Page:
This means there is time for both sides to intensify their campaigns from July onwards, once the Senate has passed the referendum bill by June 22. (The bill will pass because even those who oppose the change will vote for the right of Australians to have their say.)
The No side has a few figureheads – Coalition Senator Jacinta Nampijinpa Price and former Labor president and Liberal candidate Warren Mundine – without a broad campaign on the ground, at least so far. This means it may have to rely on social media and digital campaigning.
The Yes campaign, meanwhile, is underpowered. Its efforts remain invisible to most Australians – so much so that only 29 per cent of voters in the latest Resolve Political Monitor said they had seen a Yes advertisement. This is better than the No campaign – seen by 18 per cent – but it offers a reality check for everyone involved.
The Yes case only has 53 per cent support on the “yes or no” question in the Resolve Political Monitor – a number which is dangerously low and could be a losing position when there is a double majority to achieve and five months to go.
The Yes case has endorsements from sporting stars and celebrities, business councils and unions, super funds and universities, yet opinions are split on whether famous faces really make a difference. Some inside the Yes camp believe the referendum will be won with a “conversation” strategy – that is, mobilising thousands of volunteers on Australian streets to talk people around.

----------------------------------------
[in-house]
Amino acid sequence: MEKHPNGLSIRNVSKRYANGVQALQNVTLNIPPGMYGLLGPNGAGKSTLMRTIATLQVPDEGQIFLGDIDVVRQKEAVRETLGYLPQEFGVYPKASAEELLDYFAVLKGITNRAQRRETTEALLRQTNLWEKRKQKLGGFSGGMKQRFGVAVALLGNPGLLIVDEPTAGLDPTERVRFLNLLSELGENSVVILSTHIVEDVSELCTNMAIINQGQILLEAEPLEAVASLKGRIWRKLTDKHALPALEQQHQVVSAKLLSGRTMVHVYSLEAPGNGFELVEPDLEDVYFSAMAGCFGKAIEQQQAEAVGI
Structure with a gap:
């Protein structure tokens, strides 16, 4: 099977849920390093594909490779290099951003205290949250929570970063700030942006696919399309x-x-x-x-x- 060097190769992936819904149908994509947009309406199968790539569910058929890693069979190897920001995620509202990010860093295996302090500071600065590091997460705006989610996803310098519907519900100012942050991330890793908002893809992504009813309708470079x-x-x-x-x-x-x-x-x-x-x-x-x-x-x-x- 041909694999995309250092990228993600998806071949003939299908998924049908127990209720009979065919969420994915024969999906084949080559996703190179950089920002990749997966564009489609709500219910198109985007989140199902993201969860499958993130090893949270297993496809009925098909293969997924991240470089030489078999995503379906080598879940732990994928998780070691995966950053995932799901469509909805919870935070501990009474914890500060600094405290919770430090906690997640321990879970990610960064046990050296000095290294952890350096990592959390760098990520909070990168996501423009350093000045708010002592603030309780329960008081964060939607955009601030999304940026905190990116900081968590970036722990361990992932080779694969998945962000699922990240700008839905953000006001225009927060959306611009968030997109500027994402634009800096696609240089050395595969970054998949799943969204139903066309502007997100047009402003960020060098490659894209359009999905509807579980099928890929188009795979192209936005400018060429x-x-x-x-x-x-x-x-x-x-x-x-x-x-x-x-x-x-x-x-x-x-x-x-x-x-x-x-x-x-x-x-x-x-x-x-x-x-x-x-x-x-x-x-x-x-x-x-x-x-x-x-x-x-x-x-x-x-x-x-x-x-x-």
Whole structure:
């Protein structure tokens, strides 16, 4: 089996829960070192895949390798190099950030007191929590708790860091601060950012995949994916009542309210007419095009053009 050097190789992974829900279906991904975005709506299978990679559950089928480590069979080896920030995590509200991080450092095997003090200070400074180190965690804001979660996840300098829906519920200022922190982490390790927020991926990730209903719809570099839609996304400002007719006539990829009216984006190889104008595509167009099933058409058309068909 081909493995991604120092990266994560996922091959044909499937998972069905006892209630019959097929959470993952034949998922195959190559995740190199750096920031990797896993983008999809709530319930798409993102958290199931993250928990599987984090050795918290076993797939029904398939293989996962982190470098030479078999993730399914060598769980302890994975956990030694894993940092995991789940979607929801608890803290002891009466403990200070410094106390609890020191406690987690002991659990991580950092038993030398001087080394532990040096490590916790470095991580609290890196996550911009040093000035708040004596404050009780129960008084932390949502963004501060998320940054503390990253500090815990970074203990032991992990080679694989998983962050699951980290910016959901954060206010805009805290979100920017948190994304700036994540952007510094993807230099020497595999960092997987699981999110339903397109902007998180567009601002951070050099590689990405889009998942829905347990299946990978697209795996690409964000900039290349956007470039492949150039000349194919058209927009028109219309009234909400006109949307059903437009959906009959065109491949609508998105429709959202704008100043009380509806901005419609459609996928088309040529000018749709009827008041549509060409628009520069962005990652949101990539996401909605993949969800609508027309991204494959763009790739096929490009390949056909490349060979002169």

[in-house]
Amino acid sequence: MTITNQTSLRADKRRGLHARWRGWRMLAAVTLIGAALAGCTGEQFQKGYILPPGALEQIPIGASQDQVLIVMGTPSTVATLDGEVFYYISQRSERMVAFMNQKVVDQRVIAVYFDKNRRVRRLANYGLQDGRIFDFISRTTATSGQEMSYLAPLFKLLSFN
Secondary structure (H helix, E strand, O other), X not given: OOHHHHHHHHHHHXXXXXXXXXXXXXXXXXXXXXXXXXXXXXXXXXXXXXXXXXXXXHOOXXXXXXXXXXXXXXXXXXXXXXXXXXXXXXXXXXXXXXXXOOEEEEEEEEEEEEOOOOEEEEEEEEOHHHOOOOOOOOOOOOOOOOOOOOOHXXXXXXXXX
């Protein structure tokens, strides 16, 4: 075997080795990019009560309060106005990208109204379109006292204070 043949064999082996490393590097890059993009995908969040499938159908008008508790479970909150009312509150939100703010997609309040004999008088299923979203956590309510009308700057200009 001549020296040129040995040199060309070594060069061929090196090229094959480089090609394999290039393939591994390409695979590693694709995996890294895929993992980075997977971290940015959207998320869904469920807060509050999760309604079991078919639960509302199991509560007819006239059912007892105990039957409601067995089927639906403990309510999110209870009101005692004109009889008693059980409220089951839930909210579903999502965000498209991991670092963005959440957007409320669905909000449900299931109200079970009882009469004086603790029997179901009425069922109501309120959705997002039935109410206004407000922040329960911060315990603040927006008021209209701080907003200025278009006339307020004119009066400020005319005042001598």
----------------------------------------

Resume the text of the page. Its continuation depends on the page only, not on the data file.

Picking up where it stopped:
We are yet to see the campaign for the Voice recapture what Michael Gordon called the “spark and inspiration” at Uluru. The parliamentary bickering saps the energy out of the debate and spreads dispute, doubt and division – the forces that lead to defeat. The movement is yet to galvanise the millions of Australians it needs to believe in, and vote for, recognition, reconciliation and practical help on closing the gap.
Success for the Yes campaign may depend on whether it can do what Yunupingu asked at the campfire six years ago: to light a fire in the nation.
David Crowe is chief political correspondent.